The Making of a Juneteenth Picnic in Santa Fe

The best picnics have a few things in common: great food, excellent company, and hopefully, a lot of sunshine. A Santa Fe Juneteenth picnic celebration in advance of the year’s festivities had all of that, proving that sometimes the great outdoors is very happy to spend some quality time indoors.

A group of Juneteenth event planners gather in a white room, plates in hand while enjoying picnic food.

A Juneteenth gathering at Aaron Payne Gallery on Lena Street. Cuisine from Juicy Foods 505 based on recipes by Bryant Terry.

Planning Santa Fe’s Juneteenth Picnic

African fabrics adorned a long table, platters of food nestled between the folds. Mason jars filled with crimson-hued tea, caught the light from a sunny day. Spinach salad dotted with blackened chickpeasa platter of oven-roasted carrots topped with generous dollops of carrot-top-walnut pestocharred red cabbage, smoky and sweet and ever so slightly spicy, thanks to a drizzle of tomato relish. All vegan dishes, created by local Chef Damian Herrera and Amy Herrera of Juicy Foods 505, from recipes by Bryant Terry, food writer, chef, food justice advocate, and founder and editor-in-chief of 4 Color Books.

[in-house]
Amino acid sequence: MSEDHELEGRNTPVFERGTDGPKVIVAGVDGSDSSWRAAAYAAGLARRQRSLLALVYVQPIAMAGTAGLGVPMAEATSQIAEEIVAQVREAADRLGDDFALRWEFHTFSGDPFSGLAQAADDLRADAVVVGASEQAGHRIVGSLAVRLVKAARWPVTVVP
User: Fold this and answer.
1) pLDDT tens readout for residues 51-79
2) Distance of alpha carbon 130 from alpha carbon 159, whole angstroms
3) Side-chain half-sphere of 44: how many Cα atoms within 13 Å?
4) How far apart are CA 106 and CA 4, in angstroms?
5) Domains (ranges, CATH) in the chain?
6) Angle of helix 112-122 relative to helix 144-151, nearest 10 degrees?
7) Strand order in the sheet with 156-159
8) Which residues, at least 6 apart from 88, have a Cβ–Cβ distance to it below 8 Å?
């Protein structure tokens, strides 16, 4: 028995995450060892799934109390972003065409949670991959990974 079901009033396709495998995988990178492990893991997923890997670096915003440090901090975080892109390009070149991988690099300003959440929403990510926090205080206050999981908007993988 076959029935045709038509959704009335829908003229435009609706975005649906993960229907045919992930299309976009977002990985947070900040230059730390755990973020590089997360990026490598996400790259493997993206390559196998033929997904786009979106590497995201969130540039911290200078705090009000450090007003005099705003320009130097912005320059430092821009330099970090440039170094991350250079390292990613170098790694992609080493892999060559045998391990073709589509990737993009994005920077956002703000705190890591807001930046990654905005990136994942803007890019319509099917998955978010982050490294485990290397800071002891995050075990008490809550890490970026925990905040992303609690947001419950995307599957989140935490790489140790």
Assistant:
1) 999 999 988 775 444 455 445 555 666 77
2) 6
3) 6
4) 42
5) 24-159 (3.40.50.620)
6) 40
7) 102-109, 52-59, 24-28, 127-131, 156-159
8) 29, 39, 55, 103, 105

It had the makings of a picnic, albeit indoors in an art-filled space. The occasion? A get-together of board members of the Santa Fe Soul Festival along with passionate supporters, in advance of their annual Juneteenth community picnic.

A wood cutting board with carrots sits to the left of a basket with charred red cabbage as a part of a Juneteenth picnic spread.

Oven-Roasted Carrots with a Carrot Top-Walnut Pesto sits to the left of Charred Red Cabbage with Spiced Tomato Relish. Both recipes are by Bryant Terry.

An Exchange of Love for Each Other and Artwork

Guests chatted as they ate, taking in the artwork––much of it by African and African American artists––on show at party host Aaron Payne’s eponymous gallery on Lena Street. Payne is also a SFSF board member. The group has hosted Juneteenth (a portmanteau of “June” and “nineteenth”) celebrations since 2020, a year before the federal government declared it a national holiday to commemorate that date in 1865 when the Emancipation Proclamation at last went into effect in Texas.

The annual community picnic, co-sponsored with the First Presbyterian Church, is a free event open to the public and held on the lawn outside the federal courthouse. It’s one of the annual fixtures on the group’s calendar and a way to bring together different parts of Santa Fe, says Payne.

Aaron Payne stands in front of a dotted photo in a suit jacket and white shirt.

Host Aaron Payne stands in front of a piece of artwork in his gallery.

Creating a Space for Expression